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inspectorwill

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About inspectorwill

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  1. PMI - Per Manufacturer Installation Cat II appliances are rarely used residential installations and I don't think I have ever seen one either. I am going with upper and lower combustion air sources since it draws from the closet interior. Thanks guys.
  2. High efficiency condensing furnace installed in interior closet. The combustion air is drawn from the closet which only has an upper combustion air opening to the ventilated attic space. Should this furnace be treated as a typical forced air unit with upper and lower combustion air openings if not drawn directly from the exterior? Or, is the installation PMI?
  3. Thanks for all the input. Just re-affirmed the way I felt about it. This is one of those 2 million dollar properties that has undergone "extensive renovation" including the deck. They made it pretty up top with new composite surfacing and rails but left the original substandard structure supports. Oh and they included a nice bench against the guardrail at the highest point just so the kids can have a nice platform to plunge from. Pic attached. To answer Marc's question, the far corner is cantilevered off the house. Click to Enlarge 54.15 KB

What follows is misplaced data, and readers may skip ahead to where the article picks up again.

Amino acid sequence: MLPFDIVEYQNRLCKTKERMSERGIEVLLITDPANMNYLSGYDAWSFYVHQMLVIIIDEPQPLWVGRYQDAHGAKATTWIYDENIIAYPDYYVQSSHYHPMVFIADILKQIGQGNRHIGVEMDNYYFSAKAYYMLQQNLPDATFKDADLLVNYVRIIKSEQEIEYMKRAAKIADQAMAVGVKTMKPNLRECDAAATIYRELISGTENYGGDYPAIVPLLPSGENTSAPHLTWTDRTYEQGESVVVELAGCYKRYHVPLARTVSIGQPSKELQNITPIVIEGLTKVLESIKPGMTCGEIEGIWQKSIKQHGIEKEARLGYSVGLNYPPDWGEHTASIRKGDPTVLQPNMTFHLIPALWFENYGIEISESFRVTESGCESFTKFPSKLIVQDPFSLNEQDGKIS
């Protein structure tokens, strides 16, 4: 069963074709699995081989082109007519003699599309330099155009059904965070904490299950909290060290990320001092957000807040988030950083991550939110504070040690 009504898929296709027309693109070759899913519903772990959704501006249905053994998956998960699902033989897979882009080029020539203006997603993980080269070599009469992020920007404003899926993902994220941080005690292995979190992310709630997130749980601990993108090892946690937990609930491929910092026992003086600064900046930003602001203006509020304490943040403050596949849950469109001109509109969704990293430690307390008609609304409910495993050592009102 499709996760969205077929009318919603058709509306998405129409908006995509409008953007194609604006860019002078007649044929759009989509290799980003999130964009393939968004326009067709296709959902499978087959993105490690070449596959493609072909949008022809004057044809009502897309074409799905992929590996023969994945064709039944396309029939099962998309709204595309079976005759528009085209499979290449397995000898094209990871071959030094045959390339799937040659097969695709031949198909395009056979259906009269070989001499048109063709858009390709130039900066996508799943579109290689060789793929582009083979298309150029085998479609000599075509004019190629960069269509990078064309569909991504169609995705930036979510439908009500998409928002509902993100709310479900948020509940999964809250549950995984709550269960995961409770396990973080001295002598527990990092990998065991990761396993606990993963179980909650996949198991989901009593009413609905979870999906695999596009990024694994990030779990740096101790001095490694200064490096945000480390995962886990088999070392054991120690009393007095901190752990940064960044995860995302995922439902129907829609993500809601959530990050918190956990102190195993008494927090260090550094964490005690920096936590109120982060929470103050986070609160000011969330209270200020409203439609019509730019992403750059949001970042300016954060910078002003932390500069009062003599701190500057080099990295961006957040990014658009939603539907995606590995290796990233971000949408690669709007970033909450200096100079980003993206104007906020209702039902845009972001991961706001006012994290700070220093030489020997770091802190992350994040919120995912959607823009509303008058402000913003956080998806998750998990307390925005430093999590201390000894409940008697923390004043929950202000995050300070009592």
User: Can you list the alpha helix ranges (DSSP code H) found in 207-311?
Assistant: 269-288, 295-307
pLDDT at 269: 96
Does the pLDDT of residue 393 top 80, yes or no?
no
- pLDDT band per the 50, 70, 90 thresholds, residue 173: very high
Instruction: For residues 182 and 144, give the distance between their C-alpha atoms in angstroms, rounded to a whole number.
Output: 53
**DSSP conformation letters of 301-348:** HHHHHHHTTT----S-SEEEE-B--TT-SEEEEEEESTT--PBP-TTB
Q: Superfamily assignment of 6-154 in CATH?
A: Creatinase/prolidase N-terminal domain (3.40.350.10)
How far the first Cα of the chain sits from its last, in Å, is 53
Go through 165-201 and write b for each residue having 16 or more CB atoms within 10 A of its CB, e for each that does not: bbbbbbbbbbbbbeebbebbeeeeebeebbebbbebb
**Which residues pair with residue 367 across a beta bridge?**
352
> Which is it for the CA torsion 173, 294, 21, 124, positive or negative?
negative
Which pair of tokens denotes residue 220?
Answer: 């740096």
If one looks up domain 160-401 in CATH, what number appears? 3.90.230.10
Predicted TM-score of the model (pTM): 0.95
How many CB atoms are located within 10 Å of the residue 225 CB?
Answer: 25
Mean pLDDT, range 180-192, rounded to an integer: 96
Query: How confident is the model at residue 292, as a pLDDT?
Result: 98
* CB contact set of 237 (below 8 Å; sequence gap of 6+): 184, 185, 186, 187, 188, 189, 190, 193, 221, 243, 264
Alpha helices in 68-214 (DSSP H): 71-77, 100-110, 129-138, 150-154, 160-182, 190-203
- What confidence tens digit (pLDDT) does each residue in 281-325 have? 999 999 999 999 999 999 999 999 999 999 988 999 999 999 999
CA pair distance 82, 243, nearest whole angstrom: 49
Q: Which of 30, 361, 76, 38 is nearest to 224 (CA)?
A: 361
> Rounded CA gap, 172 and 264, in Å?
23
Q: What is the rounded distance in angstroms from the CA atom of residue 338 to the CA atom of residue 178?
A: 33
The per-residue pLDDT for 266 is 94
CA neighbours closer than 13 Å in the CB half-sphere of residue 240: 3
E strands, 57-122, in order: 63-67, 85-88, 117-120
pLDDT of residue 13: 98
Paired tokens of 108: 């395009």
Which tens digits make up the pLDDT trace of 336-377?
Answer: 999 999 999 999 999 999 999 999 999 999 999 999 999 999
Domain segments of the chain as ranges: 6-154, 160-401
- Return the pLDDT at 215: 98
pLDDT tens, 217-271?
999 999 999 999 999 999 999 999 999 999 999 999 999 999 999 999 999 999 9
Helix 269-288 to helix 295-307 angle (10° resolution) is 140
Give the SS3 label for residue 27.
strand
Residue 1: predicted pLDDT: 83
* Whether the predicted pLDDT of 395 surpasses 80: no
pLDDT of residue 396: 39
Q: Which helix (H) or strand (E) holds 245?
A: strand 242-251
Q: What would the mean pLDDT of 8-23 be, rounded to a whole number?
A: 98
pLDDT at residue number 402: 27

4. I did not feel any swaying but then again I am not a very big fellow (155 lbs) and this deck could certainly fit a lot of folks.
  5. I don't like them because there always seems to be a headline story of collapses and because many that I come across are a unique design and just don't look right. Attached are pics of this deck about 20' off the ground on a hillside in earthquake country (California). Deck has been there a while but just looks like a moderate quake or maybe an overzealous woodpecker could bring it down. Have a looksie and I appreciate any comments. Click to Enlarge 65.48 KB Click to Enlarge 27.41 KB
  6. Thanks all. It is the clear collection box full of water and the fact the furnace has not been run in at least a couple months that peaked my curiosity. Unless, the thermostat was left on automatic and it has been coming on during the cold morning hours. I switched it on without checking the setting.
  7. Thanks Brandon, I thought the same with water heater vent but there was no spillage.